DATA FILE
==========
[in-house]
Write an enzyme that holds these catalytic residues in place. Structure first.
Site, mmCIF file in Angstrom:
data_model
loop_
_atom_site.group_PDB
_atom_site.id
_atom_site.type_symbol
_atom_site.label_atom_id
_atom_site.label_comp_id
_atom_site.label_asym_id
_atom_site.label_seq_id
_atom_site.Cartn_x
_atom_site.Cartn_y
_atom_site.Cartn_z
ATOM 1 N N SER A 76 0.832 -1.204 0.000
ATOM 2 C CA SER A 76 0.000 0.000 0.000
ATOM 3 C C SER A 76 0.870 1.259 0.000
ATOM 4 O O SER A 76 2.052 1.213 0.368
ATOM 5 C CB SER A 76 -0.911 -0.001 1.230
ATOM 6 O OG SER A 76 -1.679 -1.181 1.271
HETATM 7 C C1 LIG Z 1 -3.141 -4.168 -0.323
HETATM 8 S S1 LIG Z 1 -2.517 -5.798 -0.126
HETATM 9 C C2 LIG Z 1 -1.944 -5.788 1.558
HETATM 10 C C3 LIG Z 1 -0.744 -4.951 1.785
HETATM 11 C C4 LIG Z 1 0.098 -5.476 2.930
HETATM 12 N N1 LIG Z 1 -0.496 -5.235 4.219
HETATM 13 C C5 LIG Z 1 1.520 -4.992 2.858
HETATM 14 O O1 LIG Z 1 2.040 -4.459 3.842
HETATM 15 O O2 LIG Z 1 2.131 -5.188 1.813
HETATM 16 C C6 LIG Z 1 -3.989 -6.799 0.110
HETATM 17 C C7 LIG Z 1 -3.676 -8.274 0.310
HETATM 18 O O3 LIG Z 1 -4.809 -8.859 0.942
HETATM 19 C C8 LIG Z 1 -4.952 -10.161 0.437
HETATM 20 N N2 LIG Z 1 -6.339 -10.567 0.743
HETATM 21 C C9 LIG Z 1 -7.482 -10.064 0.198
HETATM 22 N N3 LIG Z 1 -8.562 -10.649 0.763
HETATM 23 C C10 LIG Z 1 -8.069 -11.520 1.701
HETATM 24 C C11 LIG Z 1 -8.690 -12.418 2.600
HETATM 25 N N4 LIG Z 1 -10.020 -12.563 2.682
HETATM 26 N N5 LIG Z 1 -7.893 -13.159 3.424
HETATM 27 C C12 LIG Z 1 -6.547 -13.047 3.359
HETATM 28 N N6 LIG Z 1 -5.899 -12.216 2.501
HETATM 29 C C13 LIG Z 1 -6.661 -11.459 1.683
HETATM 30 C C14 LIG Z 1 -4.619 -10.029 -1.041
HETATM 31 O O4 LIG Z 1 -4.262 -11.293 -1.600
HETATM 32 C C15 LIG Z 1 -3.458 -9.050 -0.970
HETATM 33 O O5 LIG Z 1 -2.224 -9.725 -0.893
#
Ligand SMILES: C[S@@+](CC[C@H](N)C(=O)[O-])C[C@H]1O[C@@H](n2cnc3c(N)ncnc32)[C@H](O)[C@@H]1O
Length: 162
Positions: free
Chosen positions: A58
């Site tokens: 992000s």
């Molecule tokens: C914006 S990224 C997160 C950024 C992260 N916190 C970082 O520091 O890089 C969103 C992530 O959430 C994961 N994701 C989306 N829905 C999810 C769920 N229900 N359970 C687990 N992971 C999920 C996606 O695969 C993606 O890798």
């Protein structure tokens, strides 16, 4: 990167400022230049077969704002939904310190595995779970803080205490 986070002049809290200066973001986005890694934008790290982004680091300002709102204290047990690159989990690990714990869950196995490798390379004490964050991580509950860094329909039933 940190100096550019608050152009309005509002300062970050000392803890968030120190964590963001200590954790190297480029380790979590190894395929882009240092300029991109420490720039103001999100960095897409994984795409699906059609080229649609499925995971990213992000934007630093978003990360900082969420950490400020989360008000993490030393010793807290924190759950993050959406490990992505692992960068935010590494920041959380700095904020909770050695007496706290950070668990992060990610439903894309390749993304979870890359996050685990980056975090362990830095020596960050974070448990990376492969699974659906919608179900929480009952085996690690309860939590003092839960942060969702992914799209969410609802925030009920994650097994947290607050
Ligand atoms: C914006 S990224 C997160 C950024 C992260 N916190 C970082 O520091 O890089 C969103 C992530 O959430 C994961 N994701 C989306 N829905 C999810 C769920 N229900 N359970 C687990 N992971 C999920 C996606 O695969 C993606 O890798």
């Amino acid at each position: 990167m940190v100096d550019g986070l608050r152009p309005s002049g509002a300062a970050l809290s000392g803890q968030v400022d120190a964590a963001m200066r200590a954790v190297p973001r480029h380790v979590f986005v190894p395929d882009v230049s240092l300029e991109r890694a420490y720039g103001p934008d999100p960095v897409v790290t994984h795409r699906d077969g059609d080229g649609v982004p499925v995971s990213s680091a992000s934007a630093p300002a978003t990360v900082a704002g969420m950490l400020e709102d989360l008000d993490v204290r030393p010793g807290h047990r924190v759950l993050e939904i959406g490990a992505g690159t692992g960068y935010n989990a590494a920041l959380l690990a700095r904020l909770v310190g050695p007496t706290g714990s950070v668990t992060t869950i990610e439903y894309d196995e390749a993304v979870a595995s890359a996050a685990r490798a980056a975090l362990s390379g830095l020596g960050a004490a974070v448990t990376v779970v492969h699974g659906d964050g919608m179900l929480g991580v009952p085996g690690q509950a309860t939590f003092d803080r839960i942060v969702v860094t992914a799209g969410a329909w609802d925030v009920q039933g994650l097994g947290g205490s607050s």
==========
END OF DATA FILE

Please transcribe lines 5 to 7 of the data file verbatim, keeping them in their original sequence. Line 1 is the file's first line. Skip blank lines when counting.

loop_
_atom_site.group_PDB
_atom_site.id